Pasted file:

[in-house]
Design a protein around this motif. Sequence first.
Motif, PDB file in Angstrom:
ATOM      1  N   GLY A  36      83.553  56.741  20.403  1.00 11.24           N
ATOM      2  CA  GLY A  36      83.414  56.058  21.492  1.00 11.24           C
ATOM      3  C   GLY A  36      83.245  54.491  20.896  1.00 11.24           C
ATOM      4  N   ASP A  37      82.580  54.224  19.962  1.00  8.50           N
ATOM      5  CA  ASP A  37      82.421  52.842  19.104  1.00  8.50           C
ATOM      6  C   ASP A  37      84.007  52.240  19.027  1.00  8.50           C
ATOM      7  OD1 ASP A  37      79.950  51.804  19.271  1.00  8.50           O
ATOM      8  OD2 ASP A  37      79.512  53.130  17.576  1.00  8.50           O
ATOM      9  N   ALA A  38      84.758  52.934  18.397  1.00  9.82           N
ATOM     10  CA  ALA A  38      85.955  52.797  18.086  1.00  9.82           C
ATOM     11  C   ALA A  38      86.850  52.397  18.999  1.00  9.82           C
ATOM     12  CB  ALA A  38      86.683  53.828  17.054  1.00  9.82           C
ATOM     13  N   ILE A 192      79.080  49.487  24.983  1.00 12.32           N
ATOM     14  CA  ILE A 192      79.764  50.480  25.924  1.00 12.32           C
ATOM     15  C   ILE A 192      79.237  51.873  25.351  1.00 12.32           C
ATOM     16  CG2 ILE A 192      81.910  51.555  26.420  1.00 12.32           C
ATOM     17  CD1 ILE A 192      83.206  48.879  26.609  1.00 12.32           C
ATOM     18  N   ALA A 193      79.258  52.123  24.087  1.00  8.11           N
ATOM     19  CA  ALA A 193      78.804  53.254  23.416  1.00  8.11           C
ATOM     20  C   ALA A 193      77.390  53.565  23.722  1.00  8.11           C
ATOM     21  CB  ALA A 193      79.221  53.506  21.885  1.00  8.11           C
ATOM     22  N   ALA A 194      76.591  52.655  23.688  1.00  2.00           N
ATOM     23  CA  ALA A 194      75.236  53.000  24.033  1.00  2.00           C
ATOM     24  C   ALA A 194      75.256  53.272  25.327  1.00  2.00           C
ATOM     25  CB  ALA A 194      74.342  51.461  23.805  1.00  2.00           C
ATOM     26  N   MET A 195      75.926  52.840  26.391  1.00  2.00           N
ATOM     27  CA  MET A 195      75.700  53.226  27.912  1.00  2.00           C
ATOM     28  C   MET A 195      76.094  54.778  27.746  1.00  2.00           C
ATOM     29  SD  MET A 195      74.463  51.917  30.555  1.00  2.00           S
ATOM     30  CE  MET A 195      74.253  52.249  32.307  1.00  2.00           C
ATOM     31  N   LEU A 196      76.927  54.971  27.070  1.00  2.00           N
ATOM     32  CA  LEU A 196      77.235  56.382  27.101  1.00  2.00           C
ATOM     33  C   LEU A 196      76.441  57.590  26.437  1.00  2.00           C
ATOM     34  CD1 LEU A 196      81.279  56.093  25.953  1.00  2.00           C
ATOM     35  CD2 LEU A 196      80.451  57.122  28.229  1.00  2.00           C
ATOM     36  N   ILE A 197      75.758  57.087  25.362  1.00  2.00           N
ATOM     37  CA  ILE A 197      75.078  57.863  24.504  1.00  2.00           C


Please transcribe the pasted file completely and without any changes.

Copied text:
[in-house]
Design a protein around this motif. Sequence first.
Motif, PDB file in Angstrom:
ATOM      1  N   GLY A  36      83.553  56.741  20.403  1.00 11.24           N
ATOM      2  CA  GLY A  36      83.414  56.058  21.492  1.00 11.24           C
ATOM      3  C   GLY A  36      83.245  54.491  20.896  1.00 11.24           C
ATOM      4  N   ASP A  37      82.580  54.224  19.962  1.00  8.50           N
ATOM      5  CA  ASP A  37      82.421  52.842  19.104  1.00  8.50           C
ATOM      6  C   ASP A  37      84.007  52.240  19.027  1.00  8.50           C
ATOM      7  OD1 ASP A  37      79.950  51.804  19.271  1.00  8.50           O
ATOM      8  OD2 ASP A  37      79.512  53.130  17.576  1.00  8.50           O
ATOM      9  N   ALA A  38      84.758  52.934  18.397  1.00  9.82           N
ATOM     10  CA  ALA A  38      85.955  52.797  18.086  1.00  9.82           C
ATOM     11  C   ALA A  38      86.850  52.397  18.999  1.00  9.82           C
ATOM     12  CB  ALA A  38      86.683  53.828  17.054  1.00  9.82           C
ATOM     13  N   ILE A 192      79.080  49.487  24.983  1.00 12.32           N
ATOM     14  CA  ILE A 192      79.764  50.480  25.924  1.00 12.32           C
ATOM     15  C   ILE A 192      79.237  51.873  25.351  1.00 12.32           C
ATOM     16  CG2 ILE A 192      81.910  51.555  26.420  1.00 12.32           C
ATOM     17  CD1 ILE A 192      83.206  48.879  26.609  1.00 12.32           C
ATOM     18  N   ALA A 193      79.258  52.123  24.087  1.00  8.11           N
ATOM     19  CA  ALA A 193      78.804  53.254  23.416  1.00  8.11           C
ATOM     20  C   ALA A 193      77.390  53.565  23.722  1.00  8.11           C
ATOM     21  CB  ALA A 193      79.221  53.506  21.885  1.00  8.11           C
ATOM     22  N   ALA A 194      76.591  52.655  23.688  1.00  2.00           N
ATOM     23  CA  ALA A 194      75.236  53.000  24.033  1.00  2.00           C
ATOM     24  C   ALA A 194      75.256  53.272  25.327  1.00  2.00           C
ATOM     25  CB  ALA A 194      74.342  51.461  23.805  1.00  2.00           C
ATOM     26  N   MET A 195      75.926  52.840  26.391  1.00  2.00           N
ATOM     27  CA  MET A 195      75.700  53.226  27.912  1.00  2.00           C
ATOM     28  C   MET A 195      76.094  54.778  27.746  1.00  2.00           C
ATOM     29  SD  MET A 195      74.463  51.917  30.555  1.00  2.00           S
ATOM     30  CE  MET A 195      74.253  52.249  32.307  1.00  2.00           C
ATOM     31  N   LEU A 196      76.927  54.971  27.070  1.00  2.00           N
ATOM     32  CA  LEU A 196      77.235  56.382  27.101  1.00  2.00           C
ATOM     33  C   LEU A 196      76.441  57.590  26.437  1.00  2.00           C
ATOM     34  CD1 LEU A 196      81.279  56.093  25.953  1.00  2.00           C
ATOM     35  CD2 LEU A 196      80.451  57.122  28.229  1.00  2.00           C
ATOM     36  N   ILE A 197      75.758  57.087  25.362  1.00  2.00           N
ATOM     37  CA  ILE A 197      75.078  57.863  24.504  1.00  2.00           C